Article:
HOARY MUSTARD

Hirschfeldia incana

Cabbage Family [Brassicaceae]

month8may month8jun month8june month8jul month8july month8aug month8sep month8sept

status
statusZneophyte
flower
flower8yellow
inner
inner8cream
morph
morph8actino
petals
petalsZ4
stem
stem8round
sex
sexZbisexual

Photo: © RWD
A tall 50cm to 1.3m and sometimes upright plant (see images below) but often rather spreading as here.


Photo: © RWD
Like many others, it has small ball-like clusters of yellow flowers at the ends of each branch.


Photo: © RWD
The stems have only a few scattered leaves as here; most leaves are in a basal rosette at ground level (see below).


Photo: © RWD
This small cluster of upright specimens is showing its glaucous-green hoary stems and basal rosette(s). The plant spreads by underground runners into much broader displays.


Photo: © RWD
Sprawling near the ground in this specimen, the flowers are pale yellow with rather large petals between 5 amd 10mm long.


Photo: © RWD
Flower buds mostly yet to open. The hoariness of the stem is the result of a plethora of very short white hairs.


Photo: © RWD
The stem is hoary with short or tiny downwardly-directed hairs.


Photo: © RWD
The four pale-green long sepals around the lower half of the flower are held upwardly directed.


Photo: © RWD
There are 6 stamens per flower, four forming a square around the central style with discoidal stigma, and two other shorter anthers outside the square opposite each other.


Photo: © RWD


Photo: © RWD
The flowers are always in a small globular cluster at the top of the stems; lower down are the leftovers of the flowers: the developing seed pods, which are at first thin and short and in three parts (top). Lower down are more mature and slightly fatter pods.


Photo: © RWD
The first part of the pod is the flower stalk with a constriction at the top which leads on to a fatter postrion containing the developing seeds, followed by another naroower section leading on to the remains of the style which tapers to the flat stigma atop. The shape of the whole of this 'pod' is an identifying feature of Hoary Mustard.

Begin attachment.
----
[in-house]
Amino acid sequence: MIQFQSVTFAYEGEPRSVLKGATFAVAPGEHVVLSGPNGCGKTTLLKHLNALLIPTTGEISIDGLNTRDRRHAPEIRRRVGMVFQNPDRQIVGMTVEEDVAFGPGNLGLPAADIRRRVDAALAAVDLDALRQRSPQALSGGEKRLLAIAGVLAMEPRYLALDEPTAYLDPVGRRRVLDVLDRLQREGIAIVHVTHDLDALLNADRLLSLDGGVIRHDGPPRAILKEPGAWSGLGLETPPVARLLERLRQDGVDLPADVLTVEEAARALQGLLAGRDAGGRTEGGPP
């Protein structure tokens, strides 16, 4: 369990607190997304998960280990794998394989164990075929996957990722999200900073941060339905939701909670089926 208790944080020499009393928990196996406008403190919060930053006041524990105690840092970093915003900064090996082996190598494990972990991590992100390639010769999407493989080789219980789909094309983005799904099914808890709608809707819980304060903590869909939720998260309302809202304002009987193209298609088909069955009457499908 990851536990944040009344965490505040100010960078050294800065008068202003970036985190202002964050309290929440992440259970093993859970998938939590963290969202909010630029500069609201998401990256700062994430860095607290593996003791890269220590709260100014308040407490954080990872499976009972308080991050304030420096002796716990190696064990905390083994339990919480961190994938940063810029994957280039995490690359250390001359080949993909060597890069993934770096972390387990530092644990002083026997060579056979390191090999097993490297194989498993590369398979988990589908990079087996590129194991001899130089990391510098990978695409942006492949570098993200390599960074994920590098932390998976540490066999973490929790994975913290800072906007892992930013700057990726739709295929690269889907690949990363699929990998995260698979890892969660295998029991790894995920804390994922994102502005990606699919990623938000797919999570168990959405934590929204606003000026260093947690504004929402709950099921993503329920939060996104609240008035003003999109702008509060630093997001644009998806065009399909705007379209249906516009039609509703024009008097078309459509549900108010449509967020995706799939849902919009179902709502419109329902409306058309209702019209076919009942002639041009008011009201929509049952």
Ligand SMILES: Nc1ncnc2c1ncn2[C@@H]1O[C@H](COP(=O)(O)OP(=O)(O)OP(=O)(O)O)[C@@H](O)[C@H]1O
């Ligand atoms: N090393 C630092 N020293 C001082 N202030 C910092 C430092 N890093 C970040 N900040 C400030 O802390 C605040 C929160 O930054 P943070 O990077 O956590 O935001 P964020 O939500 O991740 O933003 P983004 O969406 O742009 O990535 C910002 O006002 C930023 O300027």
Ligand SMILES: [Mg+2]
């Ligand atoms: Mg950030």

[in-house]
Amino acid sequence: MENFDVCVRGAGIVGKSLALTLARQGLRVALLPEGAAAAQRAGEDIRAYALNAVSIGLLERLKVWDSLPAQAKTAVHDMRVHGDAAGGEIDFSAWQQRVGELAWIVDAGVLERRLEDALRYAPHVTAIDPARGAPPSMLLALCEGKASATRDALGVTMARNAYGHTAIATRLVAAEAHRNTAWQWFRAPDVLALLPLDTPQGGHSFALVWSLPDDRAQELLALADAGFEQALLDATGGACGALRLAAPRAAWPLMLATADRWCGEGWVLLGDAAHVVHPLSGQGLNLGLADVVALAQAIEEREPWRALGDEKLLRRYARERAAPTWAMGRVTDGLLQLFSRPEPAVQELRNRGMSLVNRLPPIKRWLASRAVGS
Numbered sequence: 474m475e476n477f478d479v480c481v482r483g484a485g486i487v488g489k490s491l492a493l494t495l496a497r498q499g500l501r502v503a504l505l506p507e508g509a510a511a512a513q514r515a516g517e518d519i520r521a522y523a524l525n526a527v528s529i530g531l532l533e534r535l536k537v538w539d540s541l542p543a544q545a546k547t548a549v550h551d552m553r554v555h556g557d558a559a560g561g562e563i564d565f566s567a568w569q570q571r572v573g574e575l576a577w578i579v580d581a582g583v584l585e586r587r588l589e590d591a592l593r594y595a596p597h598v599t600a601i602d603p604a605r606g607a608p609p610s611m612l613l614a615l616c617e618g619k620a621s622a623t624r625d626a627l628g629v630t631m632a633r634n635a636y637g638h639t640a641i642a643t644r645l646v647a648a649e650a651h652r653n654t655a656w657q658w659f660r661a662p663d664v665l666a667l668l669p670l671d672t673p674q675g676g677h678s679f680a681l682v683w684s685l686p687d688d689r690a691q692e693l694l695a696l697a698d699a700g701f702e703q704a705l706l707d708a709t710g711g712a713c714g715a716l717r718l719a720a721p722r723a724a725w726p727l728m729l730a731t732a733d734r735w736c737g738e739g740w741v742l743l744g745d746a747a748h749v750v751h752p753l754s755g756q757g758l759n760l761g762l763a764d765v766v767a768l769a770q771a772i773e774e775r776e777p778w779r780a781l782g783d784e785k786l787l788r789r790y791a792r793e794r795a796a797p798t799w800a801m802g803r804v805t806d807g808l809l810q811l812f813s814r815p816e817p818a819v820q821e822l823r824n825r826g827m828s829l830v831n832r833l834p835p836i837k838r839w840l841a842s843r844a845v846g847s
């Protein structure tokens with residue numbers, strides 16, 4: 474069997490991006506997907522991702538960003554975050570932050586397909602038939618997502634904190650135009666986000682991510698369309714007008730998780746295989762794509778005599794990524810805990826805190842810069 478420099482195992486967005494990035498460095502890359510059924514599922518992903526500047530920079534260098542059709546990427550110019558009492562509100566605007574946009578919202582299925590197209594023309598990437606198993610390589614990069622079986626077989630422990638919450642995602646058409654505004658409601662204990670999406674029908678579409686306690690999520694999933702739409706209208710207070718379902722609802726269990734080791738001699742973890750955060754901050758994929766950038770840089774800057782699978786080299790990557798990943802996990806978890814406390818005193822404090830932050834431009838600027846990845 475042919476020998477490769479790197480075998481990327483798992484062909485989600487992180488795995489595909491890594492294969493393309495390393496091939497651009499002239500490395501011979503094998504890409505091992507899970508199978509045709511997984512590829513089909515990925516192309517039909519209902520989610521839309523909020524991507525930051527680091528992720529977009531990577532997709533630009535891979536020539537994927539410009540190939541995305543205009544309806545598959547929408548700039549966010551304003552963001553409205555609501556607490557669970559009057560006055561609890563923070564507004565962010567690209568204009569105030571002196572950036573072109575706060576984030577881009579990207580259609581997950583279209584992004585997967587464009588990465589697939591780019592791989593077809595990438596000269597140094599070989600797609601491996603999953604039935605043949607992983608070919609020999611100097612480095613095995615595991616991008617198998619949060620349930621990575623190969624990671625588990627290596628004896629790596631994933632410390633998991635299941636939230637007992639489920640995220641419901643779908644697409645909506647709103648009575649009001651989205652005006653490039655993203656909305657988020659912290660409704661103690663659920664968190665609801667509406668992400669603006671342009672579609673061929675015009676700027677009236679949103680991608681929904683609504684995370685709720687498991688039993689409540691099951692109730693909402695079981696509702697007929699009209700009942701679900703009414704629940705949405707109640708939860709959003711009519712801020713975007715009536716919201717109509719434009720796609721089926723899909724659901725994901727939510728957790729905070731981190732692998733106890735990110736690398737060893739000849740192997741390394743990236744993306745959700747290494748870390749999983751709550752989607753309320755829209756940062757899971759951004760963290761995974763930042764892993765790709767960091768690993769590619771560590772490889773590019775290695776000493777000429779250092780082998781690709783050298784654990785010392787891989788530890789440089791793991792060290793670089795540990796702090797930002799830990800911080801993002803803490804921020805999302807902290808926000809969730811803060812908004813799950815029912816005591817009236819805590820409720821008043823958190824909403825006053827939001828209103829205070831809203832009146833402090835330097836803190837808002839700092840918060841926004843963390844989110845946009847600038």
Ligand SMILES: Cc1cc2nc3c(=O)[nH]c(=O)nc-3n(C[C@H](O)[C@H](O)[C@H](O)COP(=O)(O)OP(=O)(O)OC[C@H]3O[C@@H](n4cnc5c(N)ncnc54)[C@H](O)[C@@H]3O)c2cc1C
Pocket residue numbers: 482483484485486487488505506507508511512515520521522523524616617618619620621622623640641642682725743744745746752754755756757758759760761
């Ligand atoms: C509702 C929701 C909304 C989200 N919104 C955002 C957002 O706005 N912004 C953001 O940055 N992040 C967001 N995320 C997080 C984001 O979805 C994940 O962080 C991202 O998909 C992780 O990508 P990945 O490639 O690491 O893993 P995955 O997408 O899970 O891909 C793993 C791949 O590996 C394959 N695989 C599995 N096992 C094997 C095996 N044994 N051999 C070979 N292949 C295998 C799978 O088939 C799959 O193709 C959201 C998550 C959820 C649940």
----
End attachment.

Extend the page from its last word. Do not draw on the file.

Photo: © RWD
Sometimes the 3 sections on the seed pod are not very distinct.


Photo: © RWD
The bottom section of the seed pod joins onto a stem and runs a short distance down the stem merging itself with it.


Photo: © RWD
Ripe seed pods along the now extended but fawn-coloured stems.


Photo: © RWD
Ripe seed pods.


Photo: © RWD
Some leaves near the top of the plant.


Photo: © RWD
Neat basal rosettes of a small cluster of the plants. The end lobe is by far the largest. There may be smaller alternate or opposite lobes further down the leaf stalk. Here the leaves are also glaucous.


Photo: © RWD
The basal rosettes of several main stems clustered together - your Author can count 13 in this photo! Here the leaves are not as glaucous as the above specimen.


Easily confused with : Flower () [plants with similar names belonging to differing families]

Not to be semantically confused with : Swiss Treacle-mustard Erysimium rhaeticum, Spreading Treacle-mustard Erysimiumrepandum, Ball Mustard (Neslia paniculata), Tower Mustard (Turritis glabra), Hare's-ear Mustard (Conringia orientalis), Chinese Mustard (Brassica juncea), Black Mustard (Brassica nigra), White Mustard (Sinapi alba), Treacle Mustard (Erysimum cheiranthoides), Russian Mustard (Sisymbrium volgense), Hedge Mustard (Sisymbrium officinale), Horned Mustard (Sisymbrium polyceratium), Garlic Mustard (Alliaria petiolata) [plants with similar names and probably similar hot taste but in differing genera of the Brassicacea family]

Easily mistaken for : Hedge Mustard (Sisymbrium officinale) but that often has stems with branches that either splay out at an angle often with the end third being almost bolt upright. The seed pods differing in being shorter and thin but like Hoary Mustard held close to the stem.

Some similarities to : Charlock (Sinapis arvensis) but that is usually shorter at 20 to 100cm tall and both leaves and stems usually have bristly hairs. Beware: the leaves of Charlock are immensely variable!

Uniquely identifiable characteristics

Distinguishing Feature : see captions re seed pods.

No relation to : Flower () [plants with similar names belonging to differing families].

All alone in the Hirschfeldia genus (at least in the UK - your Author doesn't know about the rest of the world).


  Hirschfeldia incana  ⇐ Global Aspect ⇒ Brassicaceae  

Distribution
 family8Cabbage family8Brassicaceae
 BSBI maps
genus8Hirschfeldia
Hirschfeldia
(Hoary Mustard)

HOARY MUSTARD

Hirschfeldia incana

Cabbage Family [Brassicaceae]